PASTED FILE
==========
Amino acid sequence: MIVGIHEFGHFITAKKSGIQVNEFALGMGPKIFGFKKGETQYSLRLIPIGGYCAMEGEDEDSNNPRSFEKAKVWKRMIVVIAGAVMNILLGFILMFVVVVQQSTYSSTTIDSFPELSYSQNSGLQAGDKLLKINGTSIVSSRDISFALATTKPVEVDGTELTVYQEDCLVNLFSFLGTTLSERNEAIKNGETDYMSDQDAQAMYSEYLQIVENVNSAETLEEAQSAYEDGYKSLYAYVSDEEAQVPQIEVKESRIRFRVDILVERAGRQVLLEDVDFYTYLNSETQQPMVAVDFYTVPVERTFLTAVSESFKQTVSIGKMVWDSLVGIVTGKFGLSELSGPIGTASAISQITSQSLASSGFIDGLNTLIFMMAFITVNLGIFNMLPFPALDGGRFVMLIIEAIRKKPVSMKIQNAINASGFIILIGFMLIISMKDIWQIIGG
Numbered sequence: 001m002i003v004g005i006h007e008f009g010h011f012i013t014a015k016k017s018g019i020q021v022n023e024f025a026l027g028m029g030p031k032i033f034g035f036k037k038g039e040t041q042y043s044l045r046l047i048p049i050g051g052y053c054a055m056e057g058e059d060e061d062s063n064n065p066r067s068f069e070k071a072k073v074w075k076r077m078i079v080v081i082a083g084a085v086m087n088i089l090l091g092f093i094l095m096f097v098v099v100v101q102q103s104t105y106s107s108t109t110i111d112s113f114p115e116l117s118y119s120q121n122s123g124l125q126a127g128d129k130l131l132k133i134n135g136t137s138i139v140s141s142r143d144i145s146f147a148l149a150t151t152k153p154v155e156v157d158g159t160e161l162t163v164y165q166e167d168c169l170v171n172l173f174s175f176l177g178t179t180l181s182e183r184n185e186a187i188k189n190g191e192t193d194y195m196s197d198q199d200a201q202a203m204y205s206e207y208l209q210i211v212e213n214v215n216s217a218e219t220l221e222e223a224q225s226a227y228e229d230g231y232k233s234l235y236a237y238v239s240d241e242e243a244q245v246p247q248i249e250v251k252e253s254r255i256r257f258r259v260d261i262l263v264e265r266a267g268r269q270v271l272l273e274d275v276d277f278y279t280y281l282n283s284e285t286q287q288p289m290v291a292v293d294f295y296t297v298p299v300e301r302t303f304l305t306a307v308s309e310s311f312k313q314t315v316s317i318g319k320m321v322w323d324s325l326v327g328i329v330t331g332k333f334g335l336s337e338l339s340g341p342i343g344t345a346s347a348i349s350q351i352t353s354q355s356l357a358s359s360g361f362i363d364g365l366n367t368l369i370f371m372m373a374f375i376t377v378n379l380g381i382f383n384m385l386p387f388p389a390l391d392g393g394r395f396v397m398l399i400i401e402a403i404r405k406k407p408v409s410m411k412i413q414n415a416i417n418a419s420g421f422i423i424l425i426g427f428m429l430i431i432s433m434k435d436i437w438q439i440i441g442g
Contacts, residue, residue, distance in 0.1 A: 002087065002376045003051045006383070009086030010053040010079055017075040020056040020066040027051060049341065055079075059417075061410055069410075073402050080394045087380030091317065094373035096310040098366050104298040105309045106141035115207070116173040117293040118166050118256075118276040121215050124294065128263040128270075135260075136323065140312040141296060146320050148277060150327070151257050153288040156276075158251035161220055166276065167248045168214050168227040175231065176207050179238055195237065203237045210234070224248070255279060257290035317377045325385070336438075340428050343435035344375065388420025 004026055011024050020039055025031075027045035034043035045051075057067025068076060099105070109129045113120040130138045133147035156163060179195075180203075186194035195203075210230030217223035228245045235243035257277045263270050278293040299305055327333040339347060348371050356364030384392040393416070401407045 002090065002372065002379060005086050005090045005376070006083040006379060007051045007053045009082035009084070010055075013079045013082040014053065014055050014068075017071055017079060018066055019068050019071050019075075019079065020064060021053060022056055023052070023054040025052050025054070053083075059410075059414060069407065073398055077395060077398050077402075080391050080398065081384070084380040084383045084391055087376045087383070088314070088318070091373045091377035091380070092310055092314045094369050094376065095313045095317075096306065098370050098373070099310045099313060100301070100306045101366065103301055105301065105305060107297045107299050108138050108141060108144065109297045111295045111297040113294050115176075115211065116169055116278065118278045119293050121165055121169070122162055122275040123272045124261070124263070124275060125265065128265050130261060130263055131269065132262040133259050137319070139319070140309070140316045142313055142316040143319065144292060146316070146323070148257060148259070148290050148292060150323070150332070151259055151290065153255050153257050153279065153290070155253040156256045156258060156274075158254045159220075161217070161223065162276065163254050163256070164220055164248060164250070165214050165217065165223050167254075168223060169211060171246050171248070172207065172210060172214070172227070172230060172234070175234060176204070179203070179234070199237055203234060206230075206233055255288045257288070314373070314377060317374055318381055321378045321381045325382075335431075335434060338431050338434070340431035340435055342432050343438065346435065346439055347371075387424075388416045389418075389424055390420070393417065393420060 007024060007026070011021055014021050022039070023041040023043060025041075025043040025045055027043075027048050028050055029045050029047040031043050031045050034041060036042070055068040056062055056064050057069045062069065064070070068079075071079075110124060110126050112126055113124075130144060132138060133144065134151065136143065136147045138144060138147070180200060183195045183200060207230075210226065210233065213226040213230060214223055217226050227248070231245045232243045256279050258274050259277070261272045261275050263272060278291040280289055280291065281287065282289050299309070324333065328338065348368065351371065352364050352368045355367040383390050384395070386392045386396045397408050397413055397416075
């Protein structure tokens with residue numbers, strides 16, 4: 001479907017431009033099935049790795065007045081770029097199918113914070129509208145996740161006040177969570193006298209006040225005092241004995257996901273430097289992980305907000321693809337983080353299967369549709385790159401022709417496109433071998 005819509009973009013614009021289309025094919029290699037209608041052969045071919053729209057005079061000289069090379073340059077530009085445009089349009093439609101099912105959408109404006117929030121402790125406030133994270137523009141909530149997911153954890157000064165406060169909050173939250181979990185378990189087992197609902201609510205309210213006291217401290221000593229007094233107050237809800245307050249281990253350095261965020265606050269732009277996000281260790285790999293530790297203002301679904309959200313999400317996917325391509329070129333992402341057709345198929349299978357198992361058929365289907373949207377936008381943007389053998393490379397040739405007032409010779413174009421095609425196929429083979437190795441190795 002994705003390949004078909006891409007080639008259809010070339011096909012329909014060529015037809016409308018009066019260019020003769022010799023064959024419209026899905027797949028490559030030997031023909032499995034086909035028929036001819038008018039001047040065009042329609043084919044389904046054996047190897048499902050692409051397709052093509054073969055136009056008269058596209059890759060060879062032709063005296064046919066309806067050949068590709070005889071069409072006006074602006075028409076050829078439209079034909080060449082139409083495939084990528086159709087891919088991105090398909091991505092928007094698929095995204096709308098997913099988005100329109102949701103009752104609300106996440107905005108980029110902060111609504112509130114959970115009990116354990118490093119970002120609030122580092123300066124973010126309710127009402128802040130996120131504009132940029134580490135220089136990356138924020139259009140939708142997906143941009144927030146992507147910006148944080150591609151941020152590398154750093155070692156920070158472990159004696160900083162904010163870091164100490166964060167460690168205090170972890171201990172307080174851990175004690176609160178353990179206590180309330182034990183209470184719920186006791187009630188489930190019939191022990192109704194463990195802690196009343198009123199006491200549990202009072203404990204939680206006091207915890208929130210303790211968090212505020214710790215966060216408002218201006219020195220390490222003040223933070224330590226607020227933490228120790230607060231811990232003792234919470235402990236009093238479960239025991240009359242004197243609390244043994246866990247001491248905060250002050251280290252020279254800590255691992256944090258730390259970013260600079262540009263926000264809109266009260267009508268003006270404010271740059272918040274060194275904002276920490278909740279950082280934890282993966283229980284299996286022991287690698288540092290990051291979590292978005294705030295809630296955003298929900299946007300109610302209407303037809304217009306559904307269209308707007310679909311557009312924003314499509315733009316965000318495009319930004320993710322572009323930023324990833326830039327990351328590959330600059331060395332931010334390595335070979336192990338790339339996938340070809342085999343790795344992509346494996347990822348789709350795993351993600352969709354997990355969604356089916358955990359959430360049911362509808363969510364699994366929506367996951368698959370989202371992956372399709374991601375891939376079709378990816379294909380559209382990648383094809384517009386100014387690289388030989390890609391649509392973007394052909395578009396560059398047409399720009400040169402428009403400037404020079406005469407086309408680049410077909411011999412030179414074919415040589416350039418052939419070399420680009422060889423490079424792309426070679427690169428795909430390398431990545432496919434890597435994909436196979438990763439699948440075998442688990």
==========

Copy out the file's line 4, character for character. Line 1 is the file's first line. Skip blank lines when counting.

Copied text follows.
């Protein structure tokens with residue numbers, strides 16, 4: 001479907017431009033099935049790795065007045081770029097199918113914070129509208145996740161006040177969570193006298209006040225005092241004995257996901273430097289992980305907000321693809337983080353299967369549709385790159401022709417496109433071998 005819509009973009013614009021289309025094919029290699037209608041052969045071919053729209057005079061000289069090379073340059077530009085445009089349009093439609101099912105959408109404006117929030121402790125406030133994270137523009141909530149997911153954890157000064165406060169909050173939250181979990185378990189087992197609902201609510205309210213006291217401290221000593229007094233107050237809800245307050249281990253350095261965020265606050269732009277996000281260790285790999293530790297203002301679904309959200313999400317996917325391509329070129333992402341057709345198929349299978357198992361058929365289907373949207377936008381943007389053998393490379397040739405007032409010779413174009421095609425196929429083979437190795441190795 002994705003390949004078909006891409007080639008259809010070339011096909012329909014060529015037809016409308018009066019260019020003769022010799023064959024419209026899905027797949028490559030030997031023909032499995034086909035028929036001819038008018039001047040065009042329609043084919044389904046054996047190897048499902050692409051397709052093509054073969055136009056008269058596209059890759060060879062032709063005296064046919066309806067050949068590709070005889071069409072006006074602006075028409076050829078439209079034909080060449082139409083495939084990528086159709087891919088991105090398909091991505092928007094698929095995204096709308098997913099988005100329109102949701103009752104609300106996440107905005108980029110902060111609504112509130114959970115009990116354990118490093119970002120609030122580092123300066124973010126309710127009402128802040130996120131504009132940029134580490135220089136990356138924020139259009140939708142997906143941009144927030146992507147910006148944080150591609151941020152590398154750093155070692156920070158472990159004696160900083162904010163870091164100490166964060167460690168205090170972890171201990172307080174851990175004690176609160178353990179206590180309330182034990183209470184719920186006791187009630188489930190019939191022990192109704194463990195802690196009343198009123199006491200549990202009072203404990204939680206006091207915890208929130210303790211968090212505020214710790215966060216408002218201006219020195220390490222003040223933070224330590226607020227933490228120790230607060231811990232003792234919470235402990236009093238479960239025991240009359242004197243609390244043994246866990247001491248905060250002050251280290252020279254800590255691992256944090258730390259970013260600079262540009263926000264809109266009260267009508268003006270404010271740059272918040274060194275904002276920490278909740279950082280934890282993966283229980284299996286022991287690698288540092290990051291979590292978005294705030295809630296955003298929900299946007300109610302209407303037809304217009306559904307269209308707007310679909311557009312924003314499509315733009316965000318495009319930004320993710322572009323930023324990833326830039327990351328590959330600059331060395332931010334390595335070979336192990338790339339996938340070809342085999343790795344992509346494996347990822348789709350795993351993600352969709354997990355969604356089916358955990359959430360049911362509808363969510364699994366929506367996951368698959370989202371992956372399709374991601375891939376079709378990816379294909380559209382990648383094809384517009386100014387690289388030989390890609391649509392973007394052909395578009396560059398047409399720009400040169402428009403400037404020079406005469407086309408680049410077909411011999412030179414074919415040589416350039418052939419070399420680009422060889423490079424792309426070679427690169428795909430390398431990545432496919434890597435994909436196979438990763439699948440075998442688990």